I think this is something we’re still trying to figure out. One thing we know is that musicians tend to have an advantage in what’s called verbal working memory over non-musicians; it probably has something to do with needing to keep and rehearse information (musical phrases, melodies, etc.) in our minds as we’re performing in order to make the music make sense in terms of phrasing and structure. And we know that musicians tend to have better hand/eye coordination than non-musicians. But the question you’re asking is pretty broad, and it’s one that people are spending their entire careers on researching!

I hope this helps you a little bit! You’re asking some great questions — they’re just too big to answer in a short period of time! If you’re interested in music cognition, there’s a couple of great books I can recommend — one is “This is Your Brain on Music” by Dan Levitin, and one is “The Psychology of Music: A Very Short Introduction” by Elizabeth Margulis. Both are great resources to read about the types of research going on in the field of music psychology/cognition, and would probably give you some ideas of the types of research going on. And if it’s something you’re really interested in, look for universities that have music cognition programs!

Best,
Dr. Van

Stairway to Heaven

Hello, 
I found your profile on a expert finder website and I was wondering if you can help me understand something. I am a high school senior in [state] and Stairway to Heaven is my favorite song of all time and I can’t quite describe why. It is something about the way the notes and music is composed that sound so amazing to me. I was hoping you could help me understand the technical musical theory explanation of why this song is so pleasing to the brain.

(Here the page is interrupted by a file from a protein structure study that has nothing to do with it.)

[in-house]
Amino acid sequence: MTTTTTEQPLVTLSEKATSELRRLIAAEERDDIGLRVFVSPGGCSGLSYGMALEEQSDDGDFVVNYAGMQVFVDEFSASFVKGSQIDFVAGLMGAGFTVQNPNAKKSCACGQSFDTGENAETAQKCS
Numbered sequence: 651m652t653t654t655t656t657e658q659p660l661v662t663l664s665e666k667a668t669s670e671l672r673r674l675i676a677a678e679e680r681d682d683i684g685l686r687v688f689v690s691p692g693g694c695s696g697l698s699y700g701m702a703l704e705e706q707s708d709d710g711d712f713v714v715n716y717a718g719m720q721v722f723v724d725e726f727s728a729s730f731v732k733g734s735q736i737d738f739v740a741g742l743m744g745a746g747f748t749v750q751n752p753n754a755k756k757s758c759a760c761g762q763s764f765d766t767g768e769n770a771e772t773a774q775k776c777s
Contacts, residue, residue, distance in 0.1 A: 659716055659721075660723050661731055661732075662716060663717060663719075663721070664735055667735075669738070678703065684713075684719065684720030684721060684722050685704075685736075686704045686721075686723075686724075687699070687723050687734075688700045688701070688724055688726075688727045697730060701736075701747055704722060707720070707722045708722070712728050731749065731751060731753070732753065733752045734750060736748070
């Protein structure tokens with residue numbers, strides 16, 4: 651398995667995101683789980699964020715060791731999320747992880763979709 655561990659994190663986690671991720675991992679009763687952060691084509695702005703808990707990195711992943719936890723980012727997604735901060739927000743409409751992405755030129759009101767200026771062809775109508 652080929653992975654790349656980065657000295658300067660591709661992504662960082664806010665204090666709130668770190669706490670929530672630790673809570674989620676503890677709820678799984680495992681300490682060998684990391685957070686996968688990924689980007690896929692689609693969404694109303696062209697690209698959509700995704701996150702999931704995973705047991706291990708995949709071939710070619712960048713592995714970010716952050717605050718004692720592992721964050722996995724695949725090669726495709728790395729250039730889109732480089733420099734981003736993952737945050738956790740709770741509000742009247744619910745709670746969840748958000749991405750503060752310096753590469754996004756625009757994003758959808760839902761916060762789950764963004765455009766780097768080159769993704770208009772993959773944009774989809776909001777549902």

Thank you very much,

-Grace

Hi Grace;
There’s a lot going on in your question, and there’s a lot going on in Stairway to Heaven — too much for me to explain all of the “technical music theory” elements of what’s going on in the song. But I can try to explain one thing about it, and that is the concept of tension and release, which works on multiple levels throughout the song.

On a small scale, think about the vocal melody for the opening line: “There’s a lady who’s sure, all that glitters is gold.” There are two notes that set the word “gold,” and the first one doesn’t belong to the chord that the rest of the instruments are playing. It is what’s called a dissonant note — it doesn’t fit, so it creates tension, and it wants to resolve to something that does fit. The resolution to the following note on the word “gold” provides that resolution, which provides a sense of release. So just on one word in the melody, we have a sense of tension and release on a very small scale. That happens over and over again throughout the song; there will be small tension moments leading to release moments.

Then, if you think about how the song builds and builds and builds over the course of the song, adding instruments and getting louder, that’s also building up tension on a bigger scale. And we eventually get the release at the end of the song. 
So the simple concept of tension and release have a lot to do with it, and that’s happening at both the small scale and large scale throughout the music. There’s obviously a lot more going on, but that’s a start to think about!

If you’re interested in this type of thing, you might enjoy a book by a friend of mine named Dan Levitin called “This is Your Brain on Music.” It has a lot of information about how we listen to music, why we like the music we do, and what’s going on in our brains when we listen to music. The book is available relatively cheap (like $8 or so) in paperback, and it’s a really fun and entertaining read. It’s a great introduction to a field called “music cognition,” which is what I do, which focuses on how we understand and process sound and music. It’s a big field, and there’s a lot of research going on, so you’re asking great questions that others are really curious about as well!

I hope this helps a little bit!
Dr. Van